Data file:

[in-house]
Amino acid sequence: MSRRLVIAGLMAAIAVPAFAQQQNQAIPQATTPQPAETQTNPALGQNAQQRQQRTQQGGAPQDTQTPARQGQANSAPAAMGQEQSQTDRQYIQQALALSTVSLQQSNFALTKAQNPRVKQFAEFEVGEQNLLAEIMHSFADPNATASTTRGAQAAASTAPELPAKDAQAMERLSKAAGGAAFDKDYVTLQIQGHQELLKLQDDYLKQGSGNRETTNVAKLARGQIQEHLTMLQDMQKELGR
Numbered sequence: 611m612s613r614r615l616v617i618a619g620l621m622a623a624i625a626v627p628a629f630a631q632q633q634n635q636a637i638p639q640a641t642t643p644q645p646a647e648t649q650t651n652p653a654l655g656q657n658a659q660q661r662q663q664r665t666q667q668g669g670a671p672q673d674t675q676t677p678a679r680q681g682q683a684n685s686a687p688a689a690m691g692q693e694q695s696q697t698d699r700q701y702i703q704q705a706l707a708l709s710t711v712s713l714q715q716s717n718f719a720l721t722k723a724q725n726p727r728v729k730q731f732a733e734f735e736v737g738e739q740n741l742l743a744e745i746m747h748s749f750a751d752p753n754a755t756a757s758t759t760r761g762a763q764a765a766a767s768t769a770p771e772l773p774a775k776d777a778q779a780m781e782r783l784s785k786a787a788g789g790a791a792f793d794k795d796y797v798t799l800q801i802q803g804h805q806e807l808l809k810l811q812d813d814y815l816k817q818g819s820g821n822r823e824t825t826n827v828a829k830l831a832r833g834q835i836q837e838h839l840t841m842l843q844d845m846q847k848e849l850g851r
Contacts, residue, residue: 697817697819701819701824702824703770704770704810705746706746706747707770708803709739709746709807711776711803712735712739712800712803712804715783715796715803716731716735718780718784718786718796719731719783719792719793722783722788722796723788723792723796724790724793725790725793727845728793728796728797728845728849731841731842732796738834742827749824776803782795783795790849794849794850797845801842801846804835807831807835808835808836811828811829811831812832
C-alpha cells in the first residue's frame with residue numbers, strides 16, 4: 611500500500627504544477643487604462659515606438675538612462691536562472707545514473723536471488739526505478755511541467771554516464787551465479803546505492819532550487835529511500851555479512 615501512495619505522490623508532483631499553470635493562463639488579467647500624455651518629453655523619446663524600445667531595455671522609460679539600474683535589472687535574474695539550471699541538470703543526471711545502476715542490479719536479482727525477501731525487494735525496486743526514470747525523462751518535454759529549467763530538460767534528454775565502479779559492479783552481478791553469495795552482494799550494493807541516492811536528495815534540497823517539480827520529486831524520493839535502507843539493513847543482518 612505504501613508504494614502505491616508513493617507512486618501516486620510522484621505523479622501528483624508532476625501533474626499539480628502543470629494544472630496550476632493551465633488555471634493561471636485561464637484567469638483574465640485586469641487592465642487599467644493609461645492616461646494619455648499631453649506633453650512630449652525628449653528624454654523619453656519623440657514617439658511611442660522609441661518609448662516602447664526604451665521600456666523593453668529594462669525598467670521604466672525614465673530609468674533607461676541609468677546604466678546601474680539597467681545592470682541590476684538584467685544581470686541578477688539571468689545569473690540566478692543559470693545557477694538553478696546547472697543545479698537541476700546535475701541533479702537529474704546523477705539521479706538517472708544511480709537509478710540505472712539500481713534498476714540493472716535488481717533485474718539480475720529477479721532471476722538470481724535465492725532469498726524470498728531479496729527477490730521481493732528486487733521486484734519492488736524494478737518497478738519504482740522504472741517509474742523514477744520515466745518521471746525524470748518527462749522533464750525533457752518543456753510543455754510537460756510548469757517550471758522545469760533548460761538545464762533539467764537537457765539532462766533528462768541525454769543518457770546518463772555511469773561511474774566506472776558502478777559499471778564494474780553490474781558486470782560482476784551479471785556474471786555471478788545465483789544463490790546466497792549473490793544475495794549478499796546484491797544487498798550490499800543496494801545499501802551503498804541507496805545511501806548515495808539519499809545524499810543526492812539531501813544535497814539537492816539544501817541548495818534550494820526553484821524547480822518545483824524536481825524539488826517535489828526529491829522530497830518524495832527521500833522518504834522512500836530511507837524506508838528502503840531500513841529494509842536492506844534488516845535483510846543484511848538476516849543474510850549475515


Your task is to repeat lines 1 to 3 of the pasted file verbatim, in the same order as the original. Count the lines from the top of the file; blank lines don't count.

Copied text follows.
[in-house]
Amino acid sequence: MSRRLVIAGLMAAIAVPAFAQQQNQAIPQATTPQPAETQTNPALGQNAQQRQQRTQQGGAPQDTQTPARQGQANSAPAAMGQEQSQTDRQYIQQALALSTVSLQQSNFALTKAQNPRVKQFAEFEVGEQNLLAEIMHSFADPNATASTTRGAQAAASTAPELPAKDAQAMERLSKAAGGAAFDKDYVTLQIQGHQELLKLQDDYLKQGSGNRETTNVAKLARGQIQEHLTMLQDMQKELGR
Numbered sequence: 611m612s613r614r615l616v617i618a619g620l621m622a623a624i625a626v627p628a629f630a631q632q633q634n635q636a637i638p639q640a641t642t643p644q645p646a647e648t649q650t651n652p653a654l655g656q657n658a659q660q661r662q663q664r665t666q667q668g669g670a671p672q673d674t675q676t677p678a679r680q681g682q683a684n685s686a687p688a689a690m691g692q693e694q695s696q697t698d699r700q701y702i703q704q705a706l707a708l709s710t711v712s713l714q715q716s717n718f719a720l721t722k723a724q725n726p727r728v729k730q731f732a733e734f735e736v737g738e739q740n741l742l743a744e745i746m747h748s749f750a751d752p753n754a755t756a757s758t759t760r761g762a763q764a765a766a767s768t769a770p771e772l773p774a775k776d777a778q779a780m781e782r783l784s785k786a787a788g789g790a791a792f793d794k795d796y797v798t799l800q801i802q803g804h805q806e807l808l809k810l811q812d813d814y815l816k817q818g819s820g821n822r823e824t825t826n827v828a829k830l831a832r833g834q835i836q837e838h839l840t841m842l843q844d845m846q847k848e849l850g851r